?

Log in

No account? Create an account
 
 
30 October 2006 @ 11:16 pm
The Great Books Meme  
Post the full list behind a cut tag, then post the list of ones you've read.

The History of Herodotus - in progress, actually - stellar anecdotes
The Divine Comedy Dante Alighieri
Pride and Prejudice Jane Austen
War and Peace Leo Tolstoy
The Adventures of Huckleberry Finn Mark Twain
Crime and Punishment Fyodor Dostoevsky
A Tale of Two Cities, Great Expectations Charles Dickens
Macbeth, Othello Shakespeare
The Old Testament


http://en.wikipedia.org/wiki/Great_books

* Homer: Iliad, Odyssey
* The Old Testament
* Aeschylus: Tragedies
* Sophocles: Tragedies
* Herodotus: History
* Euripides: Tragedies
* Thucydides: History of the Peloponnesian War
* Hippocrates: Medical Writings
* Aristophanes: Comedies
* Plato: Dialogues
* Aristotle: Works
* Epicurus: 'Letter to Herodotus';'Letter to Menoecus'
* Euclid: Elements
* Archimedes: Works
* Apollonius: Conic Sections
* Cicero: Works
* Lucretius: On the Nature of Things
* Virgil: Works
* Horace: Works
* Livy: History of Rome
* Ovid: Works
* Plutarch: Parallel Lives; Moralia
* Tacitus: Histories; Annals; Agricola Germania
* Nicomachus of Gerasa: Introduction to Arithmetic
* Epictetus: Discourses; Encheiridion
* Ptolemy: Almagest
* Lucian: Works
* Marcus Aurelius: Meditations
* Galen: On the Natural Faculties
* The New Testament
* Plotinus: The Enneads
* St. Augustine: On the Teacher; Confessions; City of God; On Christian Doctrine
* The Song of Roland
* The Nibelungenlied
* The Saga of Burnt Njál
* St. Thomas Aquinas: Summa Theologica
* Dante Alighieri: The New Life; On Monarchy; The Divine Comedy
* Geoffrey Chaucer: Troilus and Criseyde; The Canterbury Tales
* Leonardo da Vinci: Notebooks
* Niccolò Machiavelli: The Prince; Discourses on the First Ten Books of Livy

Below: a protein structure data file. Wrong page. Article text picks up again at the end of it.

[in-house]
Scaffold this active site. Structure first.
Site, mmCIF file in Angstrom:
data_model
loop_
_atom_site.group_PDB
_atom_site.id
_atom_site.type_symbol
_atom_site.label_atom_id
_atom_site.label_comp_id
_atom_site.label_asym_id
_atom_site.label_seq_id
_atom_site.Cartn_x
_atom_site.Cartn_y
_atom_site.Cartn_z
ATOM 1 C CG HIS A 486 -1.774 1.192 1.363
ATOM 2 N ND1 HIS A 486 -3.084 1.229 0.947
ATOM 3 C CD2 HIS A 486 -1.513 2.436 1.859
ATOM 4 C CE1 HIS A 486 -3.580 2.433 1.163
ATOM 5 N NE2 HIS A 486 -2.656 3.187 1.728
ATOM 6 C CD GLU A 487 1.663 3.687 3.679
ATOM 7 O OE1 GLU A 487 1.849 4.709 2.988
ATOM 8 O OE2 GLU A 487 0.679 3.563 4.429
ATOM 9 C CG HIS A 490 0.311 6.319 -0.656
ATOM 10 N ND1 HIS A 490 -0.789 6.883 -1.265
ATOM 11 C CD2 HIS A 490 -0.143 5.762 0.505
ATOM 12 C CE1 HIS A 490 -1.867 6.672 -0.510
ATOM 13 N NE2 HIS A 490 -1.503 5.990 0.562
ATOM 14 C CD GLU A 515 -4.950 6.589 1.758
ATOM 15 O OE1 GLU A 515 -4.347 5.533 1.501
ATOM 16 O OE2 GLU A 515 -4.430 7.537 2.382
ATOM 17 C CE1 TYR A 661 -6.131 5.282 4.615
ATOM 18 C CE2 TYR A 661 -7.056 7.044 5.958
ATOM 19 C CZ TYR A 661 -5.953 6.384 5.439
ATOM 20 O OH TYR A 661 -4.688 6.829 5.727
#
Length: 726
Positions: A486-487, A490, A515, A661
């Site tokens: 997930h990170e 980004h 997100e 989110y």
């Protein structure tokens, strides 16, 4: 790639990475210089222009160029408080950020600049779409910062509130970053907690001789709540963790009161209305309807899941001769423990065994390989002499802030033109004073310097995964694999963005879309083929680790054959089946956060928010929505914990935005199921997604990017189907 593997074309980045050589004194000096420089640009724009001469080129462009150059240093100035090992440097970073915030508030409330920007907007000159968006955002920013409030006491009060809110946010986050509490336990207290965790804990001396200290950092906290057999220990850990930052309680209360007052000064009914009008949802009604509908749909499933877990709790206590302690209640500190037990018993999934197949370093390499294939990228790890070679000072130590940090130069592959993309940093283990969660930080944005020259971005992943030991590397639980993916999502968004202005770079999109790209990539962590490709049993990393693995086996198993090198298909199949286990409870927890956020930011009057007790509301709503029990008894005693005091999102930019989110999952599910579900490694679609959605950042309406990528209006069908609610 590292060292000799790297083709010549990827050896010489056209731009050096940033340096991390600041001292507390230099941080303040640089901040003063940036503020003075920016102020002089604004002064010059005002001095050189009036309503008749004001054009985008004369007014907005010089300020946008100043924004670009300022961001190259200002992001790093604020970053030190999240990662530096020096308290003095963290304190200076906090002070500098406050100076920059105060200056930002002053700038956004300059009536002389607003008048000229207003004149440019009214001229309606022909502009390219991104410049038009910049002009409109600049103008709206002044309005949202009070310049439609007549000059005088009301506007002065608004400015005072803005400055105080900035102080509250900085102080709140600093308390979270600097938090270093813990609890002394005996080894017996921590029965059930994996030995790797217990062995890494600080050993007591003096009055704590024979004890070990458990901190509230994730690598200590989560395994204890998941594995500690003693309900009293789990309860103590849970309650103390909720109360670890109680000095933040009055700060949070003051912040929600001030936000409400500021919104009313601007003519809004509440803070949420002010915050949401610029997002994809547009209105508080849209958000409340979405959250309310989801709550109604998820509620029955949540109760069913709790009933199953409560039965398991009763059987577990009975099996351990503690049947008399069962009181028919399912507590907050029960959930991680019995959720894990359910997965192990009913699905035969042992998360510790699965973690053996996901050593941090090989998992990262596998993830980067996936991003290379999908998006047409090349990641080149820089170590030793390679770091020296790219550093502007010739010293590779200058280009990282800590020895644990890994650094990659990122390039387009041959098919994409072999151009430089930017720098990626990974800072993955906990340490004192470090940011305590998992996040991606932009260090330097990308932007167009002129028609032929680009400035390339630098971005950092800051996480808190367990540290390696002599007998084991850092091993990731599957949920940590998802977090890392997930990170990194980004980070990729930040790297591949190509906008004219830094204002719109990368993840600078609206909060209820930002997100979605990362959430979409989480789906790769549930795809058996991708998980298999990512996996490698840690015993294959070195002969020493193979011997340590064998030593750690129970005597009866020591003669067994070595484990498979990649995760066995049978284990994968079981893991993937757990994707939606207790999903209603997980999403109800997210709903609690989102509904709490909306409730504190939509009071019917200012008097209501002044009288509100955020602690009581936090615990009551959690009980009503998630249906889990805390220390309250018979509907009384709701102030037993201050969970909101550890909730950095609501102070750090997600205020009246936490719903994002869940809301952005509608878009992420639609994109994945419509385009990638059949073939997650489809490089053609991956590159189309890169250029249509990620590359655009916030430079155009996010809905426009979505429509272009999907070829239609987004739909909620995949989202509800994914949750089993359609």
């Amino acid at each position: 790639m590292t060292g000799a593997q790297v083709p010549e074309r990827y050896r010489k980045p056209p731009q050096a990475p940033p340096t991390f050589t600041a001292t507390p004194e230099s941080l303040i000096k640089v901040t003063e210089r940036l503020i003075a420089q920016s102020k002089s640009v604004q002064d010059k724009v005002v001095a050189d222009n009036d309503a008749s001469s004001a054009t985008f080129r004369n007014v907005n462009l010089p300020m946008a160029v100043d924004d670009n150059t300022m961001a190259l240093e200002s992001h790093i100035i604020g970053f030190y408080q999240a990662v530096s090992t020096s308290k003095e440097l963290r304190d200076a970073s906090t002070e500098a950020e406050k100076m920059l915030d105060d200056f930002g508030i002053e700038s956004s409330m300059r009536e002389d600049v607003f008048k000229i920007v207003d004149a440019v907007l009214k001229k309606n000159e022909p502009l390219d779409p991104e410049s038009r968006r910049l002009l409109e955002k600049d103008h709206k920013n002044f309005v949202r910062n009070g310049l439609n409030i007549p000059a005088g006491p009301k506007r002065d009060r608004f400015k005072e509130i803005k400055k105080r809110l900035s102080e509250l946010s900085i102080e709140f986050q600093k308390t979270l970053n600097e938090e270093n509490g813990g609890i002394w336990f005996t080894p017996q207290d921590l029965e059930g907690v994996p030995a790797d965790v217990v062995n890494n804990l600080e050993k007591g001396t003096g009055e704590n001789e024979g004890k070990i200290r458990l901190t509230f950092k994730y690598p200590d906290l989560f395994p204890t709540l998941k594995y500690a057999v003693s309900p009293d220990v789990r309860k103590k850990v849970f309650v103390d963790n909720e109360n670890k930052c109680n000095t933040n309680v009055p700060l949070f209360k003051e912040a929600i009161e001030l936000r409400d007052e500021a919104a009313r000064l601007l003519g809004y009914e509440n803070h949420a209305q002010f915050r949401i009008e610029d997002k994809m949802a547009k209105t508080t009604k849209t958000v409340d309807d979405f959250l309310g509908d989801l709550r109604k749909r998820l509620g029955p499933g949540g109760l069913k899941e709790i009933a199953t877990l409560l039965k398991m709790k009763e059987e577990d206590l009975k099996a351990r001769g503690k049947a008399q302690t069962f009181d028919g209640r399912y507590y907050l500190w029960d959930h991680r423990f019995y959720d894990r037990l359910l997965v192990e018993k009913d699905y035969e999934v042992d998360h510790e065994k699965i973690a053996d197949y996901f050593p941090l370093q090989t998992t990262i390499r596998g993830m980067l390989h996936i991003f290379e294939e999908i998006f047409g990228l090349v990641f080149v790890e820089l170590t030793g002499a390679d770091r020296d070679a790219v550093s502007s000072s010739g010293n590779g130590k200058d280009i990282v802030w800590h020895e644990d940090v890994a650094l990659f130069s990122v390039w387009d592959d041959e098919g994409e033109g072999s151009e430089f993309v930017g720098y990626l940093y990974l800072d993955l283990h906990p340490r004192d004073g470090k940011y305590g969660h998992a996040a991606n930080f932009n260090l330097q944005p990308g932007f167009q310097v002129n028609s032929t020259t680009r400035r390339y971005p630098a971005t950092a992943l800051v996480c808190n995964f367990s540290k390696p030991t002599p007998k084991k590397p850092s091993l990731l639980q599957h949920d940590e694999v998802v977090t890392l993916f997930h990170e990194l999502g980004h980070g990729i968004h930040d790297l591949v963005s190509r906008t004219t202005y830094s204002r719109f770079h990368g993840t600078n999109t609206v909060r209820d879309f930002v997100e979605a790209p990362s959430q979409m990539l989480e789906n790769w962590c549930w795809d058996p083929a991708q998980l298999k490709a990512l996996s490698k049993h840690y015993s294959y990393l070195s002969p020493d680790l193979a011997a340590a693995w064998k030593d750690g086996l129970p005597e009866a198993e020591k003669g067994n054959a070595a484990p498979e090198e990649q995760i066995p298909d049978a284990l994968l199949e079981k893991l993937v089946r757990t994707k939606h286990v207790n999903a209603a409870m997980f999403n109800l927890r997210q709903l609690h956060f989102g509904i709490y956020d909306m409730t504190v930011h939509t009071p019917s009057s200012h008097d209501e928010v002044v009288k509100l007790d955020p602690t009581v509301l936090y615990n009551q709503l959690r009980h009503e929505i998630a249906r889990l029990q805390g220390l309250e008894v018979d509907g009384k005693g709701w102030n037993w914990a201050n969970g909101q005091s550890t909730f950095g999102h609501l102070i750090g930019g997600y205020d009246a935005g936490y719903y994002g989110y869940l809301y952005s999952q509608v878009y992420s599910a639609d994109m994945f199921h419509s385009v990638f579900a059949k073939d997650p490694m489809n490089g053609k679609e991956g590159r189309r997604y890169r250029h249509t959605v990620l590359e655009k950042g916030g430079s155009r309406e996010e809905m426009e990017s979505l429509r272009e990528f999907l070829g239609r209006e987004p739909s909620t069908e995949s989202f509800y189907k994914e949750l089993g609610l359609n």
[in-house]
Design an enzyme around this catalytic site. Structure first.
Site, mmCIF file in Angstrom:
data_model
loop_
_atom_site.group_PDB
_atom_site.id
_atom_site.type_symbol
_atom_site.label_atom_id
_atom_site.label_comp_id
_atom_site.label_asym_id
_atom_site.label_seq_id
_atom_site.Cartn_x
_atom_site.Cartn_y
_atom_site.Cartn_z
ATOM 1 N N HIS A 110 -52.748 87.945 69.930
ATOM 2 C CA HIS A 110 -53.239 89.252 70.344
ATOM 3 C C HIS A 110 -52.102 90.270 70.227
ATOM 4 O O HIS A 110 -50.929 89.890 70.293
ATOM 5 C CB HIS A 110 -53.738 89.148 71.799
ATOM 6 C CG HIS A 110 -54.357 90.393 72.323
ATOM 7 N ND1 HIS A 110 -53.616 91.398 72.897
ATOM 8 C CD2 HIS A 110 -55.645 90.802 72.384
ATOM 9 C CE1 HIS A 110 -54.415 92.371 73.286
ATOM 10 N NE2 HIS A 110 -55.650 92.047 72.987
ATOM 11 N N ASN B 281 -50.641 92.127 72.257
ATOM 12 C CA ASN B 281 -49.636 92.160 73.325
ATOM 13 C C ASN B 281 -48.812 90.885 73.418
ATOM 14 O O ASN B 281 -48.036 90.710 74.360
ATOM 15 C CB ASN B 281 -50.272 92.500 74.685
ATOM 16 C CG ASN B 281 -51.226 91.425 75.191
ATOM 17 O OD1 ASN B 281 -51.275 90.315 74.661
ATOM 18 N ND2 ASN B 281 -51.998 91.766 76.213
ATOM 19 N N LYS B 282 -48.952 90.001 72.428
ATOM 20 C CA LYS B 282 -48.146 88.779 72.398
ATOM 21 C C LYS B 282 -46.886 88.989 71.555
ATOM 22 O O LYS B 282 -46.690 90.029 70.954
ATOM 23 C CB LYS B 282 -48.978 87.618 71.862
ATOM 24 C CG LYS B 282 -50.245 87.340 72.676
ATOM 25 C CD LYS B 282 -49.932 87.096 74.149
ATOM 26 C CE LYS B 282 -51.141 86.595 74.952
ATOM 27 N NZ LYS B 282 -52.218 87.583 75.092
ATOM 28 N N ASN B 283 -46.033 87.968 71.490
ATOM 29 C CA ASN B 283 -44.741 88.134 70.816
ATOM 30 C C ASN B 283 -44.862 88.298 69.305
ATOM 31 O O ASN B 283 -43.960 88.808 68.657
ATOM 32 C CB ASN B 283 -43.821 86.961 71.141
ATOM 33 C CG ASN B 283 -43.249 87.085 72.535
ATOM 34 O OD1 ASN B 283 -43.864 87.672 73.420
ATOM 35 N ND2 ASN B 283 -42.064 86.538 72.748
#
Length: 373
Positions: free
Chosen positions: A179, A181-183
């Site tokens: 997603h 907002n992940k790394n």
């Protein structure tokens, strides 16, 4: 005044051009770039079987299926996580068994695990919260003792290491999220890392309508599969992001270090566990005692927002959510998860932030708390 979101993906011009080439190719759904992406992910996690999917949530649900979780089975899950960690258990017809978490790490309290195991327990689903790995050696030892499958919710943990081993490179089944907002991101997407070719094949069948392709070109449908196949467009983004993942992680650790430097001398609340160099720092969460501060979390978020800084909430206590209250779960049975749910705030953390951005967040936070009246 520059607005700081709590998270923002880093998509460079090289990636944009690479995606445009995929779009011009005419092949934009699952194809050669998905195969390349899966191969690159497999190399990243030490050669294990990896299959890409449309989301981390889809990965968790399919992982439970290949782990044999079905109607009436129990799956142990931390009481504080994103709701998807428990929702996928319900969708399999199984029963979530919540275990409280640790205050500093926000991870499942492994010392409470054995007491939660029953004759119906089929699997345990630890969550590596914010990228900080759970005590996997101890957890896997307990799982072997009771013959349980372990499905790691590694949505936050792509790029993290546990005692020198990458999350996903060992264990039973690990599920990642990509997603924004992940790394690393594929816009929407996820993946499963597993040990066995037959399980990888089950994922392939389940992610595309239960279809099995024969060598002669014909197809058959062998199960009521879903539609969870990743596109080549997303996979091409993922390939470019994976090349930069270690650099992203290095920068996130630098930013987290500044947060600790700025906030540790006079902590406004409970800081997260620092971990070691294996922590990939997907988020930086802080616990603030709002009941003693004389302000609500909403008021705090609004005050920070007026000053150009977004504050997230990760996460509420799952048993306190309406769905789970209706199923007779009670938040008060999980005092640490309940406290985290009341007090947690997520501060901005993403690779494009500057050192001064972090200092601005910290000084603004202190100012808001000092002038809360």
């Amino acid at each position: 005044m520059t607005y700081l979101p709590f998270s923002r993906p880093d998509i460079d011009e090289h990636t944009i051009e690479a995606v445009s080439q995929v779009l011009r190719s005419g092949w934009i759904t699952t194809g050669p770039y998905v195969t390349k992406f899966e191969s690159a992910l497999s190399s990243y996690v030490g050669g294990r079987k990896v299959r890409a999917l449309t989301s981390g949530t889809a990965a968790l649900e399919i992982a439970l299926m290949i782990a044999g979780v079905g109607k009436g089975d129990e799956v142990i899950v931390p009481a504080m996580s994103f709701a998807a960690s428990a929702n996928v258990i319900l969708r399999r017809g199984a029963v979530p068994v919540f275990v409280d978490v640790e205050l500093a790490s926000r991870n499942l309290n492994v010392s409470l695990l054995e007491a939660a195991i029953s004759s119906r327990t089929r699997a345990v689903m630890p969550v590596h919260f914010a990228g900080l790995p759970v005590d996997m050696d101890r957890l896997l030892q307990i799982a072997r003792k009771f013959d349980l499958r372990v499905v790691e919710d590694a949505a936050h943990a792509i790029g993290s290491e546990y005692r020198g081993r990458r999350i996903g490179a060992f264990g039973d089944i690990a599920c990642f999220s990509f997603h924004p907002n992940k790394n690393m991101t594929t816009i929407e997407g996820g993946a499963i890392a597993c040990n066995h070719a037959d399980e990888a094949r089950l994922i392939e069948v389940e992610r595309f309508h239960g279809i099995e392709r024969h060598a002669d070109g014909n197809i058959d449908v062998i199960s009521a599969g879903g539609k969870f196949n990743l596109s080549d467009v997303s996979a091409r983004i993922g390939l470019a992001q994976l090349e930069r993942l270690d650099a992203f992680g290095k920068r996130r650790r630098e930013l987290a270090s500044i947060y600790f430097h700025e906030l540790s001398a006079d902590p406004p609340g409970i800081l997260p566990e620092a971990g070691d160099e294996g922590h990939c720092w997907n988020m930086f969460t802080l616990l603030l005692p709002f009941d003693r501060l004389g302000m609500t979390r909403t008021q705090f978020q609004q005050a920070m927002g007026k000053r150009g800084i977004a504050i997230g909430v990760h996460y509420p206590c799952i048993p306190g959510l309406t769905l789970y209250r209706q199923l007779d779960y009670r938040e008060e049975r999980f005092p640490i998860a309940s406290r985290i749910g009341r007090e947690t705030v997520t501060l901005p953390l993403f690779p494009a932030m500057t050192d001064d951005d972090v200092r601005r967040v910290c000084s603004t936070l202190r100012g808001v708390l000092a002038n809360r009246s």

* Desiderius Erasmus: The Praise of Folly
* Nicolaus Copernicus: On the Revolutions of the Heavenly Spheres
* Thomas More: Utopia
* Martin Luther: Table Talk; Three Treatises
* Francois Rabelais: Gargantua and Pantagruel
* John Calvin: Institutes of the Christian Religion
* Michel de Montaigne: Essays
* William Gilbert: On the Loadstone and Magnetic Bodies
* Miguel de Cervantes: Don Quixote
* Edmund Spenser: Prothalamion; The Faerie Queene
* Francis Bacon: Essays; Advancement of Learning; Novum Organum, New Atlantis
* William Shakespeare: Poetry and Plays
* Galileo Galilei: The Starry Messenger; Dialogues Concerning Two New Sciences
* Johannes Kepler: Epitome of Copernican Astronomy; Concerning the Harmonies of the World
* William Harvey: On the Motion of the Heart and Blood in Animals; On the Circulation of the Blood; On the Generation of Animals
* Thomas Hobbes: The Leviathan
* Rene Descartes: Rules for the Direction of the Mind; Discourse on the Method; Geometry; Meditations on First Philosophy
* John Milton: Works
* Moliere: Comedies
* Blaise Pascal: The Provincial Letters; Pensees; Scientific Treatises
* Christiaan Huygens: Treatise on Light
* Benedict de Spinoza: Ethics